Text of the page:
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A river is more than an amenity, it is a treasure. It offers a necessity of life that must be rationed among those who have power over it. New York has the physical power to cut off all the water within its jurisdiction. But clearly the exercise of such a power to the destruction of the interest of lower States could not be tolerated.
New York proposed to divert a large amount of water from certain tributaries of the Delaware River and from the watershed of that river to the watershed of the Hudson River in order to increase the water supply to New York City. New Jersey insisted on a strict application of the rules of the common law governing private riparian proprietors subject to the same sovereign power. Pennsylvania intervened to protect its interests. The case was referred to a special master, who adopted the principle of equitable division, and found that the tributaries in question, based upon expert testimony, were not navigable waters of the United States at and above the places where New York City proposed to erect dams. The special master also determined that there was no showing of a present interest as to entitle New Jersey to relief.
Should New York’s diversion of water from certain tributaries of the Delaware River to the watershed of the Hudson River be restrained?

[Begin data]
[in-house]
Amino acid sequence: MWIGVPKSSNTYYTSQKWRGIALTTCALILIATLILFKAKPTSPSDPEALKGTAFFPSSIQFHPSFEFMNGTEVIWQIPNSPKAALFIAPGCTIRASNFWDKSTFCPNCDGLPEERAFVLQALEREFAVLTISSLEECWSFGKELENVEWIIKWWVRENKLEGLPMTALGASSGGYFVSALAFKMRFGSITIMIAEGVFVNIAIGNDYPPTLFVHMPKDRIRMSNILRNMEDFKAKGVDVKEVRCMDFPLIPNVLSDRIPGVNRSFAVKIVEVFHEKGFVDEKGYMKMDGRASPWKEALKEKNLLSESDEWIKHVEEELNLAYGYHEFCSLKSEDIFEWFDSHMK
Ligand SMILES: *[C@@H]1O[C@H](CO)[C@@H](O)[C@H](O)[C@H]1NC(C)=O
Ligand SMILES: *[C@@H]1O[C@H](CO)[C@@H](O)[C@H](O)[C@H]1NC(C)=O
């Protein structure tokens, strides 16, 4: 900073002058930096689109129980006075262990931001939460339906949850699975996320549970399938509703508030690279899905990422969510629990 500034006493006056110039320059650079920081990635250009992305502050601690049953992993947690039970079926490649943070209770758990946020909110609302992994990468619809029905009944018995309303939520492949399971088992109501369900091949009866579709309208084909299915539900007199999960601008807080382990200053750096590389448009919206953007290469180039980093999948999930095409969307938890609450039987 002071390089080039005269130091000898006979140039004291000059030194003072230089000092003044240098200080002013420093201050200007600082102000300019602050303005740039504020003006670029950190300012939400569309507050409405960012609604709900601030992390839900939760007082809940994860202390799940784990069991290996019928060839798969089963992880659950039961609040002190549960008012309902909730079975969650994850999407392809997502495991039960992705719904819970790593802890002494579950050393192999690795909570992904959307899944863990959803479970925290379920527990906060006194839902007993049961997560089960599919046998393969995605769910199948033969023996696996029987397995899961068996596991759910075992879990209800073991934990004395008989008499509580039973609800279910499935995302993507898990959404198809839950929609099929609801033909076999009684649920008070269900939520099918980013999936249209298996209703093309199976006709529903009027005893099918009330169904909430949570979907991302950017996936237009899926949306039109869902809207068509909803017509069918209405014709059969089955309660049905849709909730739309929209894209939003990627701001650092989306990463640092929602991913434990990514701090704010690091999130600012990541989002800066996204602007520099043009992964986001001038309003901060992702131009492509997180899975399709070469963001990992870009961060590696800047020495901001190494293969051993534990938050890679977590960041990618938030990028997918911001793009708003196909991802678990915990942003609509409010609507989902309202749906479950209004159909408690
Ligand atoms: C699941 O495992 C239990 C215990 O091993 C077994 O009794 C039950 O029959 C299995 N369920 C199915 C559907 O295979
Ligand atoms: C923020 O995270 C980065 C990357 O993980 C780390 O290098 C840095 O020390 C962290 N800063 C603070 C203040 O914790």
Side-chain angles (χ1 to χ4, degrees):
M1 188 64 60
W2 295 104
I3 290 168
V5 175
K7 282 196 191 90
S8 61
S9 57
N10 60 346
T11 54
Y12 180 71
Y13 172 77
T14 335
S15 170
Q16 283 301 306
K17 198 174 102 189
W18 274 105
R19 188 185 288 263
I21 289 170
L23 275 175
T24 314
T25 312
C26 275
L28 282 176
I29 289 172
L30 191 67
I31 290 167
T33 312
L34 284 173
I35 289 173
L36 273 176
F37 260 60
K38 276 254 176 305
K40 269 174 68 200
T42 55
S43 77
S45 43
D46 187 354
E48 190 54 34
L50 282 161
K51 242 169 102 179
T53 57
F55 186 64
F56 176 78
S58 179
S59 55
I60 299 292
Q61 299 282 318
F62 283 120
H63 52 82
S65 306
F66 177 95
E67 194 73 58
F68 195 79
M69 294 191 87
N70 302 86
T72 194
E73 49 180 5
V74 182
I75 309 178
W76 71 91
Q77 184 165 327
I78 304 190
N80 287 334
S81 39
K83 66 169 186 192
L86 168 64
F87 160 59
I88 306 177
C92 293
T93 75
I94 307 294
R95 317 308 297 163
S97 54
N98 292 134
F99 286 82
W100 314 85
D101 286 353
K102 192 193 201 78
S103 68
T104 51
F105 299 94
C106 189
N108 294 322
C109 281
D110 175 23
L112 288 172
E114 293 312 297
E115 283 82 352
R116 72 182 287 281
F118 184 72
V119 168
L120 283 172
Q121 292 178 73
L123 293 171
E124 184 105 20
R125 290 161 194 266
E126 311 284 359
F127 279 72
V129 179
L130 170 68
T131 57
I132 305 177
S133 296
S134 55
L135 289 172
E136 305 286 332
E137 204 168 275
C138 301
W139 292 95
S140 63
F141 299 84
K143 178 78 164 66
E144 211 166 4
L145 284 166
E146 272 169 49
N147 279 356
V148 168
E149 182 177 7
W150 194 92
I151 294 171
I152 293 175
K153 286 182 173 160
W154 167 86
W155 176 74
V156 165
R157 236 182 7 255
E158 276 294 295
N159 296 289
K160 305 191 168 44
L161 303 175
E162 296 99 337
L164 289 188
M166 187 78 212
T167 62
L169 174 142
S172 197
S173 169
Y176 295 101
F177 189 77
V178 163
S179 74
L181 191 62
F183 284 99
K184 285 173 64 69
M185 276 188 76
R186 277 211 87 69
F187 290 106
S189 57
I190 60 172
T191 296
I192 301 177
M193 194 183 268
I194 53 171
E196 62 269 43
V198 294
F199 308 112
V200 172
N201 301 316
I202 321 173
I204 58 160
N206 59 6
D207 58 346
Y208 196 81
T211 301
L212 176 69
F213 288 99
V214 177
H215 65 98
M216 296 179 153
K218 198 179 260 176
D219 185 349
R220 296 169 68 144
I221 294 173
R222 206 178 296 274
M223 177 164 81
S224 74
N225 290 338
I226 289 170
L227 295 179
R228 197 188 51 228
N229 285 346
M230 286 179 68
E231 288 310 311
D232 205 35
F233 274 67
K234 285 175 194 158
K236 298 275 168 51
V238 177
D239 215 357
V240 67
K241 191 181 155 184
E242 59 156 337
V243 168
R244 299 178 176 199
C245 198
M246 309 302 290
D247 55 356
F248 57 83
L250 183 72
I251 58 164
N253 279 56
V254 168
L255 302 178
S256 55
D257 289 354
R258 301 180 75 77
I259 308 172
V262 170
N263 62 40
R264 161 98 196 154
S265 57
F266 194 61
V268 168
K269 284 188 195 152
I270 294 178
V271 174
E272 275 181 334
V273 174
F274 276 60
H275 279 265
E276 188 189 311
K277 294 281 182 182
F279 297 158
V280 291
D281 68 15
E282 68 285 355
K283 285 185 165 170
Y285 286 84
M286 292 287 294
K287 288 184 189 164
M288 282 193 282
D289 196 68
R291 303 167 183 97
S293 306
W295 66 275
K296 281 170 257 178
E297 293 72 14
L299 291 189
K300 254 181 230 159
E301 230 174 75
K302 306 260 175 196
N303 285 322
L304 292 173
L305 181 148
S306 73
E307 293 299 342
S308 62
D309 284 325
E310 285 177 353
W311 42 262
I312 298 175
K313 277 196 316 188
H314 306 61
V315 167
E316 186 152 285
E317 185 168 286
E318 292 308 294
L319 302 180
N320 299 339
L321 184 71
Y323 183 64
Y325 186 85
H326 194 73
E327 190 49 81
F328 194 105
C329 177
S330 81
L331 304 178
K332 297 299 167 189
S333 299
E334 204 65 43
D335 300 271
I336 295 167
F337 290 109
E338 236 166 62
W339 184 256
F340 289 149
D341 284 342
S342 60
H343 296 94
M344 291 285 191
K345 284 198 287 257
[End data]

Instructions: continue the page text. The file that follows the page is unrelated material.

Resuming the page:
The court confirmed the special master's report, denied New Jersey’s motion for an injunction to restrain diversion, and held that the case was not governed by a strict application of the common law rules of private riparian rights, but by the principle of equitable apportionment applicable between the States of the Union. According to the court, the mere fact that the proposed diversion was to another watershed was not a bar. Moreover, the objection that the proposed diversion will interfere with the navigability of the river was met, for the purposes of this case, by proof that navigability will not be impaired. However, the diversion must remain subject to the paramount authority of Congress, and the powers of the Secretary of War and the Chief of Engineers of the Army, in respect of navigation and navigable waters of the United States. Thus, before any diversion occurred, a sewage plant was to be constructed, New Jersey's water level had to be maintained, and New Jersey and Pennsylvania had a right to inspect any dams, reservoirs, and other works constructed by New York City.